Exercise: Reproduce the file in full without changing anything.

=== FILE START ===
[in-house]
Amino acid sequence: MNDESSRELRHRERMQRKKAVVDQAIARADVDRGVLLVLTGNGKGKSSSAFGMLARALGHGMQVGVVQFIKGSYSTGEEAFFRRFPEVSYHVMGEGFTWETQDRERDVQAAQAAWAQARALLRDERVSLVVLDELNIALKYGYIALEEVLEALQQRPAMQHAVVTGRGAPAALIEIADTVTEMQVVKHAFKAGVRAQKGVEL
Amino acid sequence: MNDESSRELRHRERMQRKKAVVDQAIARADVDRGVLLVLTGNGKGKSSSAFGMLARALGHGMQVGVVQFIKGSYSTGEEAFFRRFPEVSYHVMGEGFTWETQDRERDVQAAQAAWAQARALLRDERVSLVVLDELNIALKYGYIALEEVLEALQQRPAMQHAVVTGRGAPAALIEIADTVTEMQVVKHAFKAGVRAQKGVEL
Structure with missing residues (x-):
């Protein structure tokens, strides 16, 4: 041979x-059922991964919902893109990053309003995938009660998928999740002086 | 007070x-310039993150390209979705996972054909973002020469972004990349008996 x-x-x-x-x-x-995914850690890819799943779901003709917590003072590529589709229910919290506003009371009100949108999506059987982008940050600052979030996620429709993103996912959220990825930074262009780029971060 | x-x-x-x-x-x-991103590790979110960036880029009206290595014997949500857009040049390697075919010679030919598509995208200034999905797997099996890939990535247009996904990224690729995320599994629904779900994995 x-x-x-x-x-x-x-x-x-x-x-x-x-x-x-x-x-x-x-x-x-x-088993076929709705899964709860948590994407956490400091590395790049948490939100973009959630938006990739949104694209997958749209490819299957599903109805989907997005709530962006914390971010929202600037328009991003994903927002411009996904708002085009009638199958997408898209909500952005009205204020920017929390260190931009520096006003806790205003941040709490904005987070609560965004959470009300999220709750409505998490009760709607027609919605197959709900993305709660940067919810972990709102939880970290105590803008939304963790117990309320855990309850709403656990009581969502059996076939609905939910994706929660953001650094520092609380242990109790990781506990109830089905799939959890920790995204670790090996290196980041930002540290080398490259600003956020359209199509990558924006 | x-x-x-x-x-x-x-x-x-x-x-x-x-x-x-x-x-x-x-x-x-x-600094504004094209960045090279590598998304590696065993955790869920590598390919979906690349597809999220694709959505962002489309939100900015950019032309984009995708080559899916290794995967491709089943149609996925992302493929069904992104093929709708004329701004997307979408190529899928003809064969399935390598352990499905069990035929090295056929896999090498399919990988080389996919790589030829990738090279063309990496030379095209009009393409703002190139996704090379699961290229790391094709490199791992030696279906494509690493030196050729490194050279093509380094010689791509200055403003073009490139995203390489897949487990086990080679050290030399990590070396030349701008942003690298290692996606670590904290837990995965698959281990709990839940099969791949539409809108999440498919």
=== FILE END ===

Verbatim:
[in-house]
Amino acid sequence: MNDESSRELRHRERMQRKKAVVDQAIARADVDRGVLLVLTGNGKGKSSSAFGMLARALGHGMQVGVVQFIKGSYSTGEEAFFRRFPEVSYHVMGEGFTWETQDRERDVQAAQAAWAQARALLRDERVSLVVLDELNIALKYGYIALEEVLEALQQRPAMQHAVVTGRGAPAALIEIADTVTEMQVVKHAFKAGVRAQKGVEL
Amino acid sequence: MNDESSRELRHRERMQRKKAVVDQAIARADVDRGVLLVLTGNGKGKSSSAFGMLARALGHGMQVGVVQFIKGSYSTGEEAFFRRFPEVSYHVMGEGFTWETQDRERDVQAAQAAWAQARALLRDERVSLVVLDELNIALKYGYIALEEVLEALQQRPAMQHAVVTGRGAPAALIEIADTVTEMQVVKHAFKAGVRAQKGVEL
Structure with missing residues (x-):
């Protein structure tokens, strides 16, 4: 041979x-059922991964919902893109990053309003995938009660998928999740002086 | 007070x-310039993150390209979705996972054909973002020469972004990349008996 x-x-x-x-x-x-995914850690890819799943779901003709917590003072590529589709229910919290506003009371009100949108999506059987982008940050600052979030996620429709993103996912959220990825930074262009780029971060 | x-x-x-x-x-x-991103590790979110960036880029009206290595014997949500857009040049390697075919010679030919598509995208200034999905797997099996890939990535247009996904990224690729995320599994629904779900994995 x-x-x-x-x-x-x-x-x-x-x-x-x-x-x-x-x-x-x-x-x-x-088993076929709705899964709860948590994407956490400091590395790049948490939100973009959630938006990739949104694209997958749209490819299957599903109805989907997005709530962006914390971010929202600037328009991003994903927002411009996904708002085009009638199958997408898209909500952005009205204020920017929390260190931009520096006003806790205003941040709490904005987070609560965004959470009300999220709750409505998490009760709607027609919605197959709900993305709660940067919810972990709102939880970290105590803008939304963790117990309320855990309850709403656990009581969502059996076939609905939910994706929660953001650094520092609380242990109790990781506990109830089905799939959890920790995204670790090996290196980041930002540290080398490259600003956020359209199509990558924006 | x-x-x-x-x-x-x-x-x-x-x-x-x-x-x-x-x-x-x-x-x-x-600094504004094209960045090279590598998304590696065993955790869920590598390919979906690349597809999220694709959505962002489309939100900015950019032309984009995708080559899916290794995967491709089943149609996925992302493929069904992104093929709708004329701004997307979408190529899928003809064969399935390598352990499905069990035929090295056929896999090498399919990988080389996919790589030829990738090279063309990496030379095209009009393409703002190139996704090379699961290229790391094709490199791992030696279906494509690493030196050729490194050279093509380094010689791509200055403003073009490139995203390489897949487990086990080679050290030399990590070396030349701008942003690298290692996606670590904290837990995965698959281990709990839940099969791949539409809108999440498919």